The Wildlife Rescue Center was very busy in 2010 and it was also very successful. We received 116 injured, sick, or orphaned animals, which is 37 more than we received in 2009. Most of them were titi monkeys and both species of sloths, the 3 toed and the 2 toed. However we also treated porcupines, kinkajous, white face monkeys, howler monkeys, ocelots (a wild cat also know as the Dwarf Leopard), and even one otter, among others! Our success rate is increasing year after year, right now with a remarkable statistic of over 50% release percentage. We feel very enthusiastic by this number considering that other wildlife rescue centers barely release up to third of the animals accepted.
Kids Saving the Rainforest Logo

Read More…

How to Beat an Unfair Traffic Ticket

By Lic. Hiro Yatabe, Attorney at Law & Public Notary

This article aims to provide information about what to do if you are given a transit fine that you think you do not deserve. Or, at least, which legal strategy you can follow to delay or avoid the payment.

NOTE: This procedure of “IMPUGNACION DE MULTA DE TRANSITO”, works mainly (or only) for fines where there is not a definite proof of your responsibility of committing the infringement. Your chances of winning are scarce, in cases of: getting caught with the radar driving at 120 km an hour, speeding in front of a school or driving under the influence of alcohol (and you are tested), among others.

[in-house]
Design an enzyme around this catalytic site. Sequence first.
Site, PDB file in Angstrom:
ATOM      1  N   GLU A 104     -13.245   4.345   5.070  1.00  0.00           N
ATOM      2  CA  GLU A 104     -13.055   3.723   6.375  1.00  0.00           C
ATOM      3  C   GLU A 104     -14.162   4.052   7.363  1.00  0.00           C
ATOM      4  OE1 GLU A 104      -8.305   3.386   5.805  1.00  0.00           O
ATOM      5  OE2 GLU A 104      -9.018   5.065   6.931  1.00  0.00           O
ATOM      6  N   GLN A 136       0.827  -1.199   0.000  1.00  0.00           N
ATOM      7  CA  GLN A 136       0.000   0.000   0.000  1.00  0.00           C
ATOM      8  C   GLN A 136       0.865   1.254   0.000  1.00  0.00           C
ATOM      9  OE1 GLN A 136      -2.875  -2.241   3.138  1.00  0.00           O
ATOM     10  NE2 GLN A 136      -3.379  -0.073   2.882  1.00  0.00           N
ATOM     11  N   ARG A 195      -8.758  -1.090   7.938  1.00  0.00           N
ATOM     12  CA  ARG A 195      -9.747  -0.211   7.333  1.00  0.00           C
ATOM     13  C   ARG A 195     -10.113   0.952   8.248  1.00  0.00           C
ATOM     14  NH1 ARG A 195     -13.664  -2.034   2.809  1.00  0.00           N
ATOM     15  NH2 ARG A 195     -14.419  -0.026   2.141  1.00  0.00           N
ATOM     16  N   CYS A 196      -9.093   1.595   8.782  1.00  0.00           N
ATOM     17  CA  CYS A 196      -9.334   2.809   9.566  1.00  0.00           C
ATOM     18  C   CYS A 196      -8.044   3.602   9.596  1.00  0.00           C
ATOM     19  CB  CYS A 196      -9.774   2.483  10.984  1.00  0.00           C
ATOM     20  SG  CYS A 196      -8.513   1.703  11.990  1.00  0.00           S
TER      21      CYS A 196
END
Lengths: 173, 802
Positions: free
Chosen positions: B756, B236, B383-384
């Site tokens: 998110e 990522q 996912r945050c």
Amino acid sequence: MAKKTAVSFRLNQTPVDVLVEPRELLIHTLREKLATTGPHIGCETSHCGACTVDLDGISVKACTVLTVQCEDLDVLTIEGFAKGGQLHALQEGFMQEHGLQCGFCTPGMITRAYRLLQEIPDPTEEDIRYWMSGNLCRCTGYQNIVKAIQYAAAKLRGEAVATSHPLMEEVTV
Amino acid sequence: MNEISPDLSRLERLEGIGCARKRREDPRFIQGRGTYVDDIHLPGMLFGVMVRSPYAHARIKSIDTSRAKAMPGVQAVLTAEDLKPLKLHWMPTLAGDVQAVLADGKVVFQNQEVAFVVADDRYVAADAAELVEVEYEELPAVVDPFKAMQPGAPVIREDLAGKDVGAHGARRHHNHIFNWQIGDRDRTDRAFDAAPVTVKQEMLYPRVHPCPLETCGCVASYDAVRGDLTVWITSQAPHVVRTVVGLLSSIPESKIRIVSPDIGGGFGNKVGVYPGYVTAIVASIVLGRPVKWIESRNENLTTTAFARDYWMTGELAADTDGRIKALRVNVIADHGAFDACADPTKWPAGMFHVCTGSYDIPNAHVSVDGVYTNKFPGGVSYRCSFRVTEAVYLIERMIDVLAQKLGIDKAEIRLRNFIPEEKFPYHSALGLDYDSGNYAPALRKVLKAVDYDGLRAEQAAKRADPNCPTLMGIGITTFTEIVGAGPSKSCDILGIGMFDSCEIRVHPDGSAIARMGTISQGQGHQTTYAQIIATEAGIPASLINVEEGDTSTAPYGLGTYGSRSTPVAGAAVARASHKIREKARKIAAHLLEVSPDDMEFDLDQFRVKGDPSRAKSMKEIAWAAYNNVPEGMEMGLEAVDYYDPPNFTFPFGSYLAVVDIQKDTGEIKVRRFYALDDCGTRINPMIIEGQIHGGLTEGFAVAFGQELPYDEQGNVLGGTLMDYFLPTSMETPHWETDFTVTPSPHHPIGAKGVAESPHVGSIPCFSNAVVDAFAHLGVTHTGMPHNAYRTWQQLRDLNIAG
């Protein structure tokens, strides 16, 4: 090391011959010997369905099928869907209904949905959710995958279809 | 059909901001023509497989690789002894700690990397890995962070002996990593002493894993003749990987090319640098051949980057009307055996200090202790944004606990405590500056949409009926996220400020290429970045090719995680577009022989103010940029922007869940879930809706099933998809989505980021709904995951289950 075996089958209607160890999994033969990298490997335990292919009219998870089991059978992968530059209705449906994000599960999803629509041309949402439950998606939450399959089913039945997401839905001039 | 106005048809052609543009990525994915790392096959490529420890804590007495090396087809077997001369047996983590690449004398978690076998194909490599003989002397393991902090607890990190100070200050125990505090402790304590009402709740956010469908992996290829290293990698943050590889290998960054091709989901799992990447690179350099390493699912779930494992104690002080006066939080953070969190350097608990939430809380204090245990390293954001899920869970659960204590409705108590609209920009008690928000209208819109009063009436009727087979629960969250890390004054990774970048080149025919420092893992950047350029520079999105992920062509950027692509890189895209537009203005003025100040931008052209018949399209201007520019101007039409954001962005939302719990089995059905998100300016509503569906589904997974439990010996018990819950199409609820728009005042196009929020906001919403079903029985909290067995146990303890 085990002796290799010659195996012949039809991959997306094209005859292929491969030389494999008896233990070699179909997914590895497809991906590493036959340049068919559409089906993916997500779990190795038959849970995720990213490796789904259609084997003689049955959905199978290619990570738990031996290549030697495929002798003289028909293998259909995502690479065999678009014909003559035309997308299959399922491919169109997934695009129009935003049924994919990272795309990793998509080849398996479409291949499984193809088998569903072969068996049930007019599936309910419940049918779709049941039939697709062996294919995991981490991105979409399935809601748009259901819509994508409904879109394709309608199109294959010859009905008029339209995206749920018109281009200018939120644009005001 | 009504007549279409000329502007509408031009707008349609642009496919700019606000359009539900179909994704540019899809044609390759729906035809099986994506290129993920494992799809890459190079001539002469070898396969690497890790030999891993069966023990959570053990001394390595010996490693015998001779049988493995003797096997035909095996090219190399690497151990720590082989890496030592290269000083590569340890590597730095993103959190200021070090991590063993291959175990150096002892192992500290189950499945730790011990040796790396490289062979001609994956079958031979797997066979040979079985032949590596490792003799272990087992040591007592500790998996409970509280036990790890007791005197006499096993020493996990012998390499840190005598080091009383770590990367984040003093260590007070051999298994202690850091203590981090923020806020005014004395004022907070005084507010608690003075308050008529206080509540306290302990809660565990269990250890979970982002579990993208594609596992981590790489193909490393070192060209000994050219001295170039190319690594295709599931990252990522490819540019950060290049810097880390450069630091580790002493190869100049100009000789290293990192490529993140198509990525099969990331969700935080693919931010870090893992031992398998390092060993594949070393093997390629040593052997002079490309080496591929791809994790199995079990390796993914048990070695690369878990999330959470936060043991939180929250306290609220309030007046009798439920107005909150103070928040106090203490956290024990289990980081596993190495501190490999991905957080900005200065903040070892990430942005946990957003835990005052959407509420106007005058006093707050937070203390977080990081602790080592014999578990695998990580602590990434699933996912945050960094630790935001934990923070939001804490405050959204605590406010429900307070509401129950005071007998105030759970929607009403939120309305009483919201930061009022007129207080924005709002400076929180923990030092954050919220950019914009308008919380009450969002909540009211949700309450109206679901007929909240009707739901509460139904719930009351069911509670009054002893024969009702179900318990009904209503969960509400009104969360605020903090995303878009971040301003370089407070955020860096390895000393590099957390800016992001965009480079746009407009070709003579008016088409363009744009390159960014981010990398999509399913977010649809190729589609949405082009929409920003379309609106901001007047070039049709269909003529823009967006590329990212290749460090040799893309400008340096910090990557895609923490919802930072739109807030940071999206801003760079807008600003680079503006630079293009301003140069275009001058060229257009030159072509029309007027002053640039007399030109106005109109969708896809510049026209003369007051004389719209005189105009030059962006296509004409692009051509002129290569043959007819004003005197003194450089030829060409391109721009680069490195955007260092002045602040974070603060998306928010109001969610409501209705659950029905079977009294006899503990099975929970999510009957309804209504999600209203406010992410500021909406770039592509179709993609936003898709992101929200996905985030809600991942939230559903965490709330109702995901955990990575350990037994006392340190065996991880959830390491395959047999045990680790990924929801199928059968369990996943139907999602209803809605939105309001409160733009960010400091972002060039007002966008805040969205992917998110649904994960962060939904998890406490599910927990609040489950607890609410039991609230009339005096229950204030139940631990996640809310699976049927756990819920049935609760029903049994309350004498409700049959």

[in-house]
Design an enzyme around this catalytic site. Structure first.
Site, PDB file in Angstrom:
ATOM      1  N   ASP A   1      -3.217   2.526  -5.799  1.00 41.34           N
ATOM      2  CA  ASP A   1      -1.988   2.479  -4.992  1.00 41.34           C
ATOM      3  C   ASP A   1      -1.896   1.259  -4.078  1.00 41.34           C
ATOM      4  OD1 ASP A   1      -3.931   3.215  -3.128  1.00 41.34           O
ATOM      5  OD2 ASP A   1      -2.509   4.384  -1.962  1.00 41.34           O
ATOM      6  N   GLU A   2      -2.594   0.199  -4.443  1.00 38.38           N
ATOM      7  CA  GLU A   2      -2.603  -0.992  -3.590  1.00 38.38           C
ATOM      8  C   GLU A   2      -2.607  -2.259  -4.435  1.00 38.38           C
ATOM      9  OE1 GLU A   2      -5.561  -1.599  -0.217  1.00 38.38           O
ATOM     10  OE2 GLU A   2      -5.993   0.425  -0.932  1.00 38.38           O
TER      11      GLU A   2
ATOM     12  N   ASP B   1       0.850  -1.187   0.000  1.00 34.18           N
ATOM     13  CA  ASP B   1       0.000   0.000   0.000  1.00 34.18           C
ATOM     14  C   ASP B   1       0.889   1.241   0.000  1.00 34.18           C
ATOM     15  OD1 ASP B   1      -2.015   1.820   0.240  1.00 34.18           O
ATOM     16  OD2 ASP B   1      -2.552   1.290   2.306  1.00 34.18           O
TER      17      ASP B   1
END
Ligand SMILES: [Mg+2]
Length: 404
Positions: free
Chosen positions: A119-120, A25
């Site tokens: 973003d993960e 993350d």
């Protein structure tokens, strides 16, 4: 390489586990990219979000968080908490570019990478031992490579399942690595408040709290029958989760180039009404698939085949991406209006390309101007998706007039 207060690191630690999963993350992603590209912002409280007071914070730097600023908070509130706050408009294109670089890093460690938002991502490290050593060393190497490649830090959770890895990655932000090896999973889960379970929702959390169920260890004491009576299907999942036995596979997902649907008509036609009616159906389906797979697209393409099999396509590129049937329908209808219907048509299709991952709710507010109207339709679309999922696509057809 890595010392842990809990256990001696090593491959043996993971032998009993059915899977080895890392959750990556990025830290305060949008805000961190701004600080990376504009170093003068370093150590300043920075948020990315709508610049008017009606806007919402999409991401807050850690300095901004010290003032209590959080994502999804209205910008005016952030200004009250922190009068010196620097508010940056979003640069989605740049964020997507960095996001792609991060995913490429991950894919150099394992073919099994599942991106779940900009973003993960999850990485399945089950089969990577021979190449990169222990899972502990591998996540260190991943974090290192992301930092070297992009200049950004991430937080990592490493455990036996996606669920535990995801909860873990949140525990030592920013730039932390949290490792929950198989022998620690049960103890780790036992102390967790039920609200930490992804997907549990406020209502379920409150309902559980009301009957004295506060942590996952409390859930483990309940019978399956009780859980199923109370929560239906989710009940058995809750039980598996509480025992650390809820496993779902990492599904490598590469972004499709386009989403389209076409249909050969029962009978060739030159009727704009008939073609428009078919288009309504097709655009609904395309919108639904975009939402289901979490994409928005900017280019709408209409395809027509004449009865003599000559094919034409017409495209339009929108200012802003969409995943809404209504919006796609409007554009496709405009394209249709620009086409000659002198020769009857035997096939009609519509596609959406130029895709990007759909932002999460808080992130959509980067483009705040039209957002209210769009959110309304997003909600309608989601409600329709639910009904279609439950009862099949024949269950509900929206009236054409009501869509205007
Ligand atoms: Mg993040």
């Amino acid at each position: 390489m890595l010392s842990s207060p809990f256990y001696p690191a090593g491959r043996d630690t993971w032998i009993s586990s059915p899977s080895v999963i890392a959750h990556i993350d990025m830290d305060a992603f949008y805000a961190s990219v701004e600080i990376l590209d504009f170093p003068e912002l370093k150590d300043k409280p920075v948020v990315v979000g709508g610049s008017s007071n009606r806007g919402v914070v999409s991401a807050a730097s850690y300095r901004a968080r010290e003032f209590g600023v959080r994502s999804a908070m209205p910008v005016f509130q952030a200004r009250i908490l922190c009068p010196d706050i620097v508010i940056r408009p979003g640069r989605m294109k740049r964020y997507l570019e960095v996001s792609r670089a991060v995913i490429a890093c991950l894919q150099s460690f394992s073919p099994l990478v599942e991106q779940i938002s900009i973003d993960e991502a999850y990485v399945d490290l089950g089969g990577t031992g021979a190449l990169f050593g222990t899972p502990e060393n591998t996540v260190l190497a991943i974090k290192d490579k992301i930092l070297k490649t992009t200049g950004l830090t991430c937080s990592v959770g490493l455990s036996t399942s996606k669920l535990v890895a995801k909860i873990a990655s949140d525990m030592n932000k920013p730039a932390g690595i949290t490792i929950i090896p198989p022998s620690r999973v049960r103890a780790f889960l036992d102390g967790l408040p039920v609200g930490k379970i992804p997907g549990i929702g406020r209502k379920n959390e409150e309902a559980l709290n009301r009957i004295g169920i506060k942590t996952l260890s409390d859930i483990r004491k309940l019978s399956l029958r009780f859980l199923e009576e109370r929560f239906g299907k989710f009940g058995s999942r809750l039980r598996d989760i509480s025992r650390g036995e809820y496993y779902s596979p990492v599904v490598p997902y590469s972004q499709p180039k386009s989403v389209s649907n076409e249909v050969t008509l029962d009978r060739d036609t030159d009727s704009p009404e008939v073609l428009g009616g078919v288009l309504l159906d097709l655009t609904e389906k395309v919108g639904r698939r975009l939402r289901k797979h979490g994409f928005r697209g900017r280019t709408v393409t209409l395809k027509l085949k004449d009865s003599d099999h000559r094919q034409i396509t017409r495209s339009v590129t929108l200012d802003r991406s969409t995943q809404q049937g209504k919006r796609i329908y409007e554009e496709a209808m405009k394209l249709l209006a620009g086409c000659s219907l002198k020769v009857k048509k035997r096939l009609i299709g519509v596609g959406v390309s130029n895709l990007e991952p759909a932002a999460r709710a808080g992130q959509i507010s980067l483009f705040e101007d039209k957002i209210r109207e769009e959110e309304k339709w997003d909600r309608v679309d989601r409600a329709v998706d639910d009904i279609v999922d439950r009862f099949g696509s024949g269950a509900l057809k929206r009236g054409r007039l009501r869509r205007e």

After you are given the fine, you have 10 days to appeal it (IMPUGNACION DE MULTA DE TRANSITO).

Read More…

My Quest for Authentic Cabbage Rolls

By Bill Dwyer

Cabbage rolls are a favorite of mine, having grown up with a Polish mother. I guess that puts them in the category of comfort food for me. It’s a good dish to make here in Costa Rica because the ingredients are both cheap and readily available (except for caraway seeds, which are only sporadically available).

Read More…

Quepos Flyfishing

By Ollie Bass

RobaloI have written previously about the fantastic sportsfishing available in the waters around Quepos and Manuel Antonio.  International  Game Fish Association world records have been held over the years in both flyfishing and “conventional” fishing by Puerto Quepos  fishermen.   The abundance of billfish in the area makes Quepos one of the premier spots in the world for flyfishing  with anglers successfully catching (and releasing) sailfish and marlin caught on the fly.   Quepos  annually hosts the Gray International Flyfishing Tournament  that was started as a memorial tournament to recognize Jim Gray a local flyfisherman and IFGA recordholder and a pioneer in saltwater flyfishing.   Next month Quepos  will host the Costa Rica Classic  International  Billfish Tournament (www.costaricaclassic.com) benefiting the Boomer Esiason Foundation. All the money raised in this tournament stays in Costa Rica to help those suffering from cystic fibrosis.

Read More…

Cosmic Confetti’s Horoscopes – February 2011